Mostly though, I think young people simply don’t want to dedicate their entire Saturday to a football game. Given the pregame events, the length of games themselves, and the limitations on what they can do in the stadium, why not just watch on TV, or just catch the highlights later?

And that’s not good news for the NCAA.


Link – How LaVar Ball’s new basketball league could actually end up being a good thing

I’ve long been a supporter of a minor-league of sorts for football and basketball where kids who have interest in college can play. So, I’d agree with this:

“If somebody, even LaVar Ball, can create a league that offers a real alternative then maybe schools can go back to focusing on true student-athletes and the country’s best basketball players can focus on being basketball players.”

Unlike college football, which I suspect would see a massive decline in fan interest, and money, if the best football players skipped college, I don’t think fan interest in college basketball would wane significantly. Sure, there’d be less NBA fans watching to check out potential draft picks, but I don’t know how large that audience really is. March Madness would still be March Madness. That has never really been about individual players ass much as it’s been about small schools, the tournament feel, and brackets.

This could end up solving one of the biggest headaches the NCAA has right now, one and done’s and recruiting violations around those players. And they’d have freaking LaVar Ball to thank for it.

Oh the irony.


Link – It’s time to change the transfer rule and let athletes play immediately and not sit out a year

This is hard to argue with, and I’m not even going to try, because Bilas is right –

Step back from the ridiculous rhetoric in the transfer debate and go to the very foundation upon which this entire industry is said to be built. What does NCAA president Mark Emmert say every time the thought of athlete compensation is broached? He says, quite simply, “These are STUDENTS,” as if stating that simple phrase is dispositive of the issue. The NCAA says in word and deed that athletes are “students that just happen to be athletes” and “athletes are students to be treated like any other student.” Furthermore, the NCAA is quick to state that athletes are NOT employees. They are unpaid, amateur STUDENTS. That is the bedrock principle of the NCAA, and this analysis doesn’t even approach any of the NCAA’s “student-athlete welfare” rhetoric.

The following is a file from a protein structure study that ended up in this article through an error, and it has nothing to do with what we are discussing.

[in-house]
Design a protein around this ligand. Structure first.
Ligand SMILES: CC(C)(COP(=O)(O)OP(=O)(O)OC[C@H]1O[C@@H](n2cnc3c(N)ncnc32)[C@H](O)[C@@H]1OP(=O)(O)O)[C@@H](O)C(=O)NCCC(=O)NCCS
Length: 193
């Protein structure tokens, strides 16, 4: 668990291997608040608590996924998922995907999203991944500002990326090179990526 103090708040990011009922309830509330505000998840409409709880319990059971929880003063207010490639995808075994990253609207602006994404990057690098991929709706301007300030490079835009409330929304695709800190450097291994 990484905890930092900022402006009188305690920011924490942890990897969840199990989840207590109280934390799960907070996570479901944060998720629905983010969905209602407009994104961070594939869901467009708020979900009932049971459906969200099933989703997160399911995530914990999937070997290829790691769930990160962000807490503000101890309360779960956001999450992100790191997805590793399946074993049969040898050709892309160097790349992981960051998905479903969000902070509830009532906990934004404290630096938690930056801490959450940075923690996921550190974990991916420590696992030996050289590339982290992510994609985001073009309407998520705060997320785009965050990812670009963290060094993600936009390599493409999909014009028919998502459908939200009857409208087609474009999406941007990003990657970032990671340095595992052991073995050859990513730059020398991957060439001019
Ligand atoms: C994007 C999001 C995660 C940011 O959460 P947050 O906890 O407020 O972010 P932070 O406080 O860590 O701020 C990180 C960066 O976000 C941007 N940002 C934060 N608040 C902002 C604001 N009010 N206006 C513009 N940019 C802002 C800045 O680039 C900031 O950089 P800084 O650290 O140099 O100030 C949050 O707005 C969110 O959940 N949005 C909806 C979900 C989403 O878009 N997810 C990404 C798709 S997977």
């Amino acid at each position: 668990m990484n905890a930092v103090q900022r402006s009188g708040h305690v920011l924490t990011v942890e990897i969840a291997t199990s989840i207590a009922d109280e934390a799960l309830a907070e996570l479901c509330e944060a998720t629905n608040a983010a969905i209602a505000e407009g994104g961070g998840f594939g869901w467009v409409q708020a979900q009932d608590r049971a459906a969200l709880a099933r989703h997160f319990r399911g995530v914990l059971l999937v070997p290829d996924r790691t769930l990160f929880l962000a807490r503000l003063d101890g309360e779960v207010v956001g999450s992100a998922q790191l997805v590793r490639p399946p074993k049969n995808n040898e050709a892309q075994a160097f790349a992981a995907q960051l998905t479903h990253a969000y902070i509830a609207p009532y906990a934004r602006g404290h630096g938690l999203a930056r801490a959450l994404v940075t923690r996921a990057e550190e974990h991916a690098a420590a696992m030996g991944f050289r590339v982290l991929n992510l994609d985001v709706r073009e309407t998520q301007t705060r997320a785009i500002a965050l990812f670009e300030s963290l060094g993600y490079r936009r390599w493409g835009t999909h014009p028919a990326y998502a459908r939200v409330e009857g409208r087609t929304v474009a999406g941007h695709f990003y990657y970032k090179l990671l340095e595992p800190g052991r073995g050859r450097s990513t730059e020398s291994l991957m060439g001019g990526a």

Well, if it is true that we are talking about students being treated like any other students, the NCAA’s transfer policy should be quite simple. Any athlete should be allowed to transfer at any time and accept all allowable aid from any school that will have him or her. The transferring athlete should be eligible to play immediately upon his or her full-time enrollment at the beginning of the next semester or quarter leading to the next full season after the transfer. There you go. Done.

Of course it won’t be that simple, because coaches and ADs are not going to like not having control over all of their athletes, but there really is no reason they should have that level of control. I’ve gone to college and worked in the real world for a long time, and I’ve never once been held to that kind of standard when chancing schools, or jobs. Why would an unpaid student be held to a different standard? Because we want them to play for our team as long as possible and not go to a rival?

That sounds a lot like professional sports before free agency, which was also deemed to be illegal, but at least those guys got paid.